AmericanCatholic.org
 
Skip Navigation Links
Home
Catholic News
Saints
Seasonal
Special Reports
Movies
Shopping
Donate
Share:
Facebook
Twitter
Google Plus
LinkedIn
Email
RSS Feeds
ON FAITH & MEDIA View Comments

The Bounty Hunter

By
John Mulderig
Source: Catholic News Service

The mean-spirited proceedings that occupy most of the running time of "The Bounty Hunter" (Columbia/Relativity)—a muddled, easily forgettable mix of romantic comedy and crime story—begin when Milo Boyd (Gerard Butler), a washed-up former cop who's now the fugitive tracker of the title, gets the delightful news that his latest target is his detested ex-wife, journalist Nicole Hurley (Jennifer Aniston).

A dedicated reporter, Nicole has ended up on the wrong side of the law after skipping a court date in order to pursue a potential case of police corruption.

The erstwhile couple's charming interaction—Milo has little difficulty in tracking Nicole down—sees him locking her in the trunk of his car, her attempting to escape by jabbing him with a lighted emergency flare, his chasing after her and tackling her to the ground; and that's all before a set of handcuffs and a Taser stun gun come into play.

In between taking their aggressions out on each other, the pair gets entangled in the conspiracy that got Nicole in trouble in the first place. So it's not long before they're on the lam together, dodging bullets from bad men in black vans and—far less successfully—a renewed hail of arrows from Cupid's bow.

By this time, however, any potentially heartwarming elements in director Andy Tennant's predictable tale of rekindling romance have long since been lost amid the frenetic shuffle.

The film contains some action violence, scenes of torture, brief rear nudity, several sexual jokes and references, about eight uses of profanity and a bit of rough and much crude language. The USCCB Office for Film & Broadcasting classification is L—limited adult audience, films whose problematic content many adults would find troubling. The Motion Picture Association of America rating is PG-13—parents strongly cautioned. Some material may be inappropriate for children under 13.

*****
John Mulderig is on the staff of the Office for Film & Broadcasting of the U.S. Conference of Catholic Bishops.



Search reviews at CatholicMovieReviews.org


Thank you for your comments. Editors will review all posts before they are visible on the website.

blog comments powered by Disqus







Eusebius of Vercelli: Someone has said that if there had been no Arian heresy denying Christ's divinity, it would be very difficult to write the lives of many early saints. Eusebius is another of the defenders of the Church during one of its most trying periods.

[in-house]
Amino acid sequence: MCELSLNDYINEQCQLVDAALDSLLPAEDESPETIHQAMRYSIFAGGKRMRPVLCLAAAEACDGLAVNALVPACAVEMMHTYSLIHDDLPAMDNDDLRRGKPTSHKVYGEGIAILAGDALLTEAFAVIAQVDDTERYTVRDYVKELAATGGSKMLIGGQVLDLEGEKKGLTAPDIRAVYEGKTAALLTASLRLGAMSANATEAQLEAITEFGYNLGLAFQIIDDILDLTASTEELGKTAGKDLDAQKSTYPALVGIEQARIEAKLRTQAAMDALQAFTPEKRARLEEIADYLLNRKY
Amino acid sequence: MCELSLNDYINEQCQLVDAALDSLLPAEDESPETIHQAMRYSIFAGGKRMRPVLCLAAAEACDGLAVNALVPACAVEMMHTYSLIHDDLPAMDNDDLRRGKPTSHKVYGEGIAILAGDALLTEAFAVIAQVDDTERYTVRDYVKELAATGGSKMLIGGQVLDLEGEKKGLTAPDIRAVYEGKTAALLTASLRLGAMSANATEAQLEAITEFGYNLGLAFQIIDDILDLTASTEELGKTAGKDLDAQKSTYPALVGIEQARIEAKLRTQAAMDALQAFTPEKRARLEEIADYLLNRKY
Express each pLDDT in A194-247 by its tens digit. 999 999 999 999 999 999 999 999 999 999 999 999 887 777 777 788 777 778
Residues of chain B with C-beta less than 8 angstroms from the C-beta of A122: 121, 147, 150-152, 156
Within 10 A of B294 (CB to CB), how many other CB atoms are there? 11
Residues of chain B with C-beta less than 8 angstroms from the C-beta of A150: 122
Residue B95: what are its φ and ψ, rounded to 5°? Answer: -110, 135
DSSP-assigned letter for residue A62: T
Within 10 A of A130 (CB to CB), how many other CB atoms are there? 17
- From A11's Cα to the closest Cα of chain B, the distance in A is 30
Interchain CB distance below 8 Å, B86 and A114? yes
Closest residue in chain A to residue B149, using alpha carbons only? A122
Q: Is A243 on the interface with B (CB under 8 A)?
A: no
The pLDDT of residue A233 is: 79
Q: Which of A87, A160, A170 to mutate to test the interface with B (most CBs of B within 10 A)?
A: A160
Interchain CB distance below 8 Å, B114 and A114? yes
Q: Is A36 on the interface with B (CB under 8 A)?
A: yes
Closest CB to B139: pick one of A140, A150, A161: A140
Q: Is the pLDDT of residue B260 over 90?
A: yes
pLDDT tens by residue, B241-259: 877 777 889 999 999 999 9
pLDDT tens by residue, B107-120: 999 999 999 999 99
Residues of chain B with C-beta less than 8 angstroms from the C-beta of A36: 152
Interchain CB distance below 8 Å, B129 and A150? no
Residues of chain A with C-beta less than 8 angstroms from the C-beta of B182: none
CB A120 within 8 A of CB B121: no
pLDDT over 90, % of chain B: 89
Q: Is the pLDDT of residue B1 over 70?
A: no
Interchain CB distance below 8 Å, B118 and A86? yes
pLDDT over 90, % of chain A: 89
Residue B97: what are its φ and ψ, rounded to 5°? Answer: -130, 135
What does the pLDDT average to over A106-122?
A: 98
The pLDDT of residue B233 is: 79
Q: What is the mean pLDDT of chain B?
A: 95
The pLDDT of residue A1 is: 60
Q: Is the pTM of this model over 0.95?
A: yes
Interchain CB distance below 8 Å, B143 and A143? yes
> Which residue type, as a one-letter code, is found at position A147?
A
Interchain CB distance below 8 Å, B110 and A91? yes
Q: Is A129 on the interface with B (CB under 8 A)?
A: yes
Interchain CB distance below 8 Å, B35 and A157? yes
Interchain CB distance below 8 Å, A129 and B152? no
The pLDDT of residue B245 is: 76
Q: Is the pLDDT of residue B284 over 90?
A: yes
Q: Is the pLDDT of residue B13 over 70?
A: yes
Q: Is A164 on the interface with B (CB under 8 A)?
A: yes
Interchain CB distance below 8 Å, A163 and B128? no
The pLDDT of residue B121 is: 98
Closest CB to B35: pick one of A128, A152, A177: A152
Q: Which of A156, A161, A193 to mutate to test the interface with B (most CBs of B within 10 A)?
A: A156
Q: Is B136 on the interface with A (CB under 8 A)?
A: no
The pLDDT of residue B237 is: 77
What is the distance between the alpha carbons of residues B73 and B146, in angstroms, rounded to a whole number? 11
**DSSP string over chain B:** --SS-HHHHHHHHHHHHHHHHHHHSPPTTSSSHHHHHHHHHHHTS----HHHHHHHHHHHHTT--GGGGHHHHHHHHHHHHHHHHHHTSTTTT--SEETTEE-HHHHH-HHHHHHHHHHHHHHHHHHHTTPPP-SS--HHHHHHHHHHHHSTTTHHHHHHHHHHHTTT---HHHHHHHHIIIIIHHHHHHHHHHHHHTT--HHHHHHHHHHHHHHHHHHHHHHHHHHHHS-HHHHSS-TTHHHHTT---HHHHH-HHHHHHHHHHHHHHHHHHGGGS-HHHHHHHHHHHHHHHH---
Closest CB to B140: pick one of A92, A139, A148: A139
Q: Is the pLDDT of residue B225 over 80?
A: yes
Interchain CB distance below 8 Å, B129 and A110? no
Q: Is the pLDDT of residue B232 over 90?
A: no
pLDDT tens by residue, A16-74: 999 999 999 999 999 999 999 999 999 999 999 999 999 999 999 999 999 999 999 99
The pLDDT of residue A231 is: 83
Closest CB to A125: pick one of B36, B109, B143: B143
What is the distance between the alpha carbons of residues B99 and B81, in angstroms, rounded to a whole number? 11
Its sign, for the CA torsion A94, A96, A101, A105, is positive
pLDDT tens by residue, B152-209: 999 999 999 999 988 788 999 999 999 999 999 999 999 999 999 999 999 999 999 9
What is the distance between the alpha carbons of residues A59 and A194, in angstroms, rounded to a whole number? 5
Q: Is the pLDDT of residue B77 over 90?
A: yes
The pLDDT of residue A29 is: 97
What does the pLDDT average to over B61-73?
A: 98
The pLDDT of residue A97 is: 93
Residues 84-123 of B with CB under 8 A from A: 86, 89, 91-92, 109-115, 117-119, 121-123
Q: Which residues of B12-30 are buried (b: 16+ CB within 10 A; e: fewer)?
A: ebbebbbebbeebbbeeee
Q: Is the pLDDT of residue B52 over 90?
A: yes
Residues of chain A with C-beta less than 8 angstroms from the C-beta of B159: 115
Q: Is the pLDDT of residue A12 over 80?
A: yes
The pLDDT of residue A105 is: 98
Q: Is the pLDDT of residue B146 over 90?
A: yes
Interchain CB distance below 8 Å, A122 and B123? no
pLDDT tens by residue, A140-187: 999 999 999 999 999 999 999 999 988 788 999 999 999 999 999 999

<p>Born on the isle of Sardinia, he became a member of the Roman clergy and is the first recorded bishop of Vercelli in Piedmont in northwest Italy. He is also the first to link the monastic life with that of the clergy, establishing a community of his diocesan clergy on the principle that the best way to sanctify his people was to have them see a clergy formed in solid virtue and living in community. </p><p>He was sent by Pope Liberius to persuade the emperor to call a council to settle Catholic-Arian troubles. When it was called at Milan, Eusebius went reluctantly, sensing that the Arian block would have its way, although the Catholics were more numerous. He refused to go along with the condemnation of St. Athanasius; instead, he laid the Nicene Creed on the table and insisted that all sign it before taking up any other matter. The emperor put pressure on him, but Eusebius insisted on Athanasius’ innocence and reminded the emperor that secular force should not be used to influence Church decisions. At first the emperor threatened to kill him, but later sent him into exile in Palestine. There the Arians dragged him through the streets and shut him up in a little room, releasing him only after his four-day hunger strike. They resumed their harassment shortly after. </p><p>His exile continued in Asia Minor and Egypt, until the new emperor permitted him to be welcomed back to his see in Vercelli. He attended the Council of Alexandria with Athanasius and approved the leniency shown to bishops who had wavered. He also worked with St. Hilary of Poitiers against the Arians. </p><p>He died peacefully in his own diocese at an advanced age.</p> American Catholic Blog In a world that encourages us to take all we can for ourselves, sacrifice is often seen as a distasteful and negative word. Yet, if we want to help the poor, we must embrace some personal sacrifice.

Conversations with a Guardian Angel

 
CATHOLIC GREETINGS
Mary's Flower - Fleur-de-lis
More countless than the drops in an ocean are the repetitions down the ages of those gracious words: “Hail, Full of Grace, the Lord is with thee.”

St. Ignatius Loyola
The founder of the Society of Jesus is also a patron of all who were educated by the Jesuits.

Anniversary
We continue to fall in love again and again throughout our years together.

Vacation
God is a beacon in our lives; the steady light that always comes around again.

Sympathy
Grace gives us the courage to accept what we cannot change.




Come find us at: Facebook | St. Anthony Messenger magazine Twitter | American Catholic YouTube | American Catholic


An AmericanCatholic.org Site from the Franciscans and Franciscan Media Copyright © 1996 - 2015